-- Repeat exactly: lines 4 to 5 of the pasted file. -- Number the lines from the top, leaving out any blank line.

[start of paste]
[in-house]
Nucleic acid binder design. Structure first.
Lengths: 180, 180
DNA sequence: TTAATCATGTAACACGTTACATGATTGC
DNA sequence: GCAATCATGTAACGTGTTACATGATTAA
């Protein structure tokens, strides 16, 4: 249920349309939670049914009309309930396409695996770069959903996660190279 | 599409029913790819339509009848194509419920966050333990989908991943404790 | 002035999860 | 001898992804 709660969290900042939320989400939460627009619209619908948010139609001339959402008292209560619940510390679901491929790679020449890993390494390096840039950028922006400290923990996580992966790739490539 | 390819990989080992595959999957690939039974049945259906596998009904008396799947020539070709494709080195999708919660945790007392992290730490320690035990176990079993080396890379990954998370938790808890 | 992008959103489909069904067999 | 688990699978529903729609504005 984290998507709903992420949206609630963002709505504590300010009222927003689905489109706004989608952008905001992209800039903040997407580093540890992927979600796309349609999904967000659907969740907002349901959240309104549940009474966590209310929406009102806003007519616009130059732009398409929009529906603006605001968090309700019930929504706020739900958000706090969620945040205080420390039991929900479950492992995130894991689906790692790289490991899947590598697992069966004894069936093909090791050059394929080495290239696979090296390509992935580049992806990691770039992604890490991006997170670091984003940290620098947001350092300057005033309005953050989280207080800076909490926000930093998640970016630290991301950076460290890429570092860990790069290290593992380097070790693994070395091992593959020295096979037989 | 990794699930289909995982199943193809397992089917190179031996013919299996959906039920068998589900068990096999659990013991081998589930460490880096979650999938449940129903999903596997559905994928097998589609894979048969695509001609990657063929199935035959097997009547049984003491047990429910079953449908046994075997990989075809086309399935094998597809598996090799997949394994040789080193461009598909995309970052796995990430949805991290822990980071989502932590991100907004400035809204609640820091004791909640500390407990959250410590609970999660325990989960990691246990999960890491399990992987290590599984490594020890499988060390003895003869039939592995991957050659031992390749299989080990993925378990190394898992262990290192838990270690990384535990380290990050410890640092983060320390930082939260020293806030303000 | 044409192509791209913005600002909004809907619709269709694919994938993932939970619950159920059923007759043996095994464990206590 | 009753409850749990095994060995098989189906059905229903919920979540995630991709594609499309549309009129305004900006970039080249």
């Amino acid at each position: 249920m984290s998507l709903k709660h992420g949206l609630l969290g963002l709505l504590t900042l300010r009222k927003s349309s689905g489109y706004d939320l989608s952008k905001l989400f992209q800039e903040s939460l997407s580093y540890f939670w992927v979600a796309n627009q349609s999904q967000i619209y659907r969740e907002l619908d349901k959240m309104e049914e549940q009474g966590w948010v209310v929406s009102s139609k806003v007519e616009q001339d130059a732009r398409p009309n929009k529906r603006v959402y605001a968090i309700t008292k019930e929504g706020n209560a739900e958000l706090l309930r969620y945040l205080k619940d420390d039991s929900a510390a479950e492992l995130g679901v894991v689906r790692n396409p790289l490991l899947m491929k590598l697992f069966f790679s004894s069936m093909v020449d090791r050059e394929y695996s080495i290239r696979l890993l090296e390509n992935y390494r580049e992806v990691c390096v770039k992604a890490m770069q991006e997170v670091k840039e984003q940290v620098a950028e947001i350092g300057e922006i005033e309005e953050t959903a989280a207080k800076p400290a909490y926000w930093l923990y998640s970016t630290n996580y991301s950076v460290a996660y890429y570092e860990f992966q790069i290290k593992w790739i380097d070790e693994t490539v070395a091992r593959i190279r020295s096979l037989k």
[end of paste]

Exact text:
DNA sequence: TTAATCATGTAACACGTTACATGATTGC
DNA sequence: GCAATCATGTAACGTGTTACATGATTAA